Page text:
Is Democracy overrated? Does power corrupt? Or do corrupt people seek power? Do corporate puppet masters pull politicians’ strings? Why does Frank talk to the camera? Can politics deliver on the promise of justice? House of Cards depicts our worst fears about politics today. Love him or loathe him, Frank Underwood has charted an inimitable course through Washington politics. He and his cohorts depict the darkest dealings within the gleaming halls of our most revered political institutions. These 24 original essays (...) examine key philosophical issues behind the critically-acclaimed series—questions of truth, justice, equality, opportunity, and privilege. The amoral machinations of Underwood, the ultimate anti-hero, serve as an ideal backdrop for a discussion of the political theories of philosophers as diverse as Plato, Aristotle, Nietzsche, Machiavelli, Hobbes, and Marx. From political and corporate ethics, race relations, and ruthless paragmatism to mass media collusion and sexual politics, these essays tackle a range of issues important not only to the series but to our understanding of society today. (shrink)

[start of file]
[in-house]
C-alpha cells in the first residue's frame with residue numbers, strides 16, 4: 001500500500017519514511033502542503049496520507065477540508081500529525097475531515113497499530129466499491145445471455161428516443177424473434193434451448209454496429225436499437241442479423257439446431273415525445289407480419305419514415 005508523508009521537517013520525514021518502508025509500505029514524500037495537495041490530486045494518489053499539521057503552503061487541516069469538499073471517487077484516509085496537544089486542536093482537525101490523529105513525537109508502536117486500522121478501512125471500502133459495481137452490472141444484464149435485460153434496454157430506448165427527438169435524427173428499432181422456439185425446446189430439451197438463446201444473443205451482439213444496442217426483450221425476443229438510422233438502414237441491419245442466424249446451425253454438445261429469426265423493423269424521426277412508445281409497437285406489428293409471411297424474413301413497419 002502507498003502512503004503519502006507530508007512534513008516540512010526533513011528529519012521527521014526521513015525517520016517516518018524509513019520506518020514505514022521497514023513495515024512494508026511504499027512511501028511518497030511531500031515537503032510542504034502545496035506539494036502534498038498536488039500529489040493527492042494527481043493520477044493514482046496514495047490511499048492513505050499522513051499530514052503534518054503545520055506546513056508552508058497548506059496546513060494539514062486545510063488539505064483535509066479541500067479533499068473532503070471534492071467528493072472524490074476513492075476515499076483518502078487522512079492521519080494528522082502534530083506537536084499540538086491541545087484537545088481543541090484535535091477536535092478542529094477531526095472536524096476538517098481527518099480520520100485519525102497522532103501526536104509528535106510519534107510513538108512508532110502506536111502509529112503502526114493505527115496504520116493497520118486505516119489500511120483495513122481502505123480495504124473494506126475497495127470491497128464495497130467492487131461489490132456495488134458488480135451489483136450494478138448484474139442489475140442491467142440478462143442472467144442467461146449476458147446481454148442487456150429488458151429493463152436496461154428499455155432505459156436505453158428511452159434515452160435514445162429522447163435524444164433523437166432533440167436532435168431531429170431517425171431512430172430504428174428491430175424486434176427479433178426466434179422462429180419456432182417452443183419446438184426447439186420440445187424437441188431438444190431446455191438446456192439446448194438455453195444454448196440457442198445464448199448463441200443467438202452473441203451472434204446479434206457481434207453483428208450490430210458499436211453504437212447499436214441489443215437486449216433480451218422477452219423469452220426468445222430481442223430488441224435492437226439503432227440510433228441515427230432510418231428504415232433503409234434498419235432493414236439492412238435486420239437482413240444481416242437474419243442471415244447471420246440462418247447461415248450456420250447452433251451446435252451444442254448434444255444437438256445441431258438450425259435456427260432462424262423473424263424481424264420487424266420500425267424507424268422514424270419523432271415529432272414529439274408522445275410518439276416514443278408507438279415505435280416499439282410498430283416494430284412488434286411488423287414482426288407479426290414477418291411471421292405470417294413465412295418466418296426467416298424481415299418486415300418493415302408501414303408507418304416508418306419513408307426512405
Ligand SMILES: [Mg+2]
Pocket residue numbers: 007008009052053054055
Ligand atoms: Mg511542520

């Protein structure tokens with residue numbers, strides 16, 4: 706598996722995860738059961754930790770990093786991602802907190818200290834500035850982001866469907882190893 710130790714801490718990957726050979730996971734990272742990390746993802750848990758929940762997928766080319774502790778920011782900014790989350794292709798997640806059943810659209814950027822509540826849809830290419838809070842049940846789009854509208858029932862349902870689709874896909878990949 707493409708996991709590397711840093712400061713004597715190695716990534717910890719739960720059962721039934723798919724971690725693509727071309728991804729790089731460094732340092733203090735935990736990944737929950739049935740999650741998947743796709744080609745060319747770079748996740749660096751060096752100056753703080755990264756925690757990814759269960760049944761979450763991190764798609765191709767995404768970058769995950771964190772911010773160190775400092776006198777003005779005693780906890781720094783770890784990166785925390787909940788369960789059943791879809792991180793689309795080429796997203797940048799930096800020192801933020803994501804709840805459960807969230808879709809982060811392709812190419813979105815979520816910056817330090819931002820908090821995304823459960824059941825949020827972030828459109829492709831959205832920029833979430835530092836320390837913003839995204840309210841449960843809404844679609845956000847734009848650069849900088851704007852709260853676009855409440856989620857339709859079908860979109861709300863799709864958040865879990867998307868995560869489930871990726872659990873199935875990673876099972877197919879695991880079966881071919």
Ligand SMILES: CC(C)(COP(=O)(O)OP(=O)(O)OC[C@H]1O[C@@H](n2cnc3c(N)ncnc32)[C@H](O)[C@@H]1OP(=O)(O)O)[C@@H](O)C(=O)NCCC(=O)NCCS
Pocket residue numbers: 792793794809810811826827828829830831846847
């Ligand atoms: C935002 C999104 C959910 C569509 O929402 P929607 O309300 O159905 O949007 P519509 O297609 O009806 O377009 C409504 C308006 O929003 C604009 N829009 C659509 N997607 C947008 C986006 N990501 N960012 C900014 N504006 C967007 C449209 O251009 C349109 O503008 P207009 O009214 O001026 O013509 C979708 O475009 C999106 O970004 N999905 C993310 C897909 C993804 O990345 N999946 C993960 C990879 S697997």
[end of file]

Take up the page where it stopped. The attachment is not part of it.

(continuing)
Heidegger's neglect of value : Schelerian prospects -- The lived-experience of humanism in Husserl and James -- Participatory realism in Scheler's ethics -- Interpreting Scheler's Aktsein through Heidegger's Sein-in-der-Welt -- Phenomenological personalism -- Persons realizing values : how participatory realism works -- Embodying values : making values more concrete -- Finding hierarchy and phenomenological realism in James's affective intentionality -- Ethical non-naturalism and Schelerian participatory realism.
In the following paper, both Max Scheler and Edgar Sheffield Brightman’s rankings of value are compared. In so doing, Brightman’s table of values is found wanting along the lines of Scheler’s value rankings. The reason is, in part, that Scheler’s ordering of preference and hierarchy of feelings more readily explain what Brightman’s account presupposes: affective intentionality. What is more, we can apply Brightman’s test of consistency to Scheler’s account and find it more desirable than how Brightman defines what values are (...) in his A Philosophy of Religion. Between both thinkers an account will emerge that can help clarify the commensurability of values in experience-based accounts of value in both thinkers. In doing so, a blended account reaches three conclusions about how each personalist might adopt points the other would have suggested to him. Love is the process of coalescement in rough outlines; The ordo amoris should reflect the rational coherence of Brightman’s more systematic laws; And the demand of coherence means that phenomenology in Scheler becomes a system of idealistic metaphysics concerning values despite the fact that Brightman thinks the moral law system will hold phenomenologically regardless of which metaphysical interpretation of reality holds sway about values. (shrink)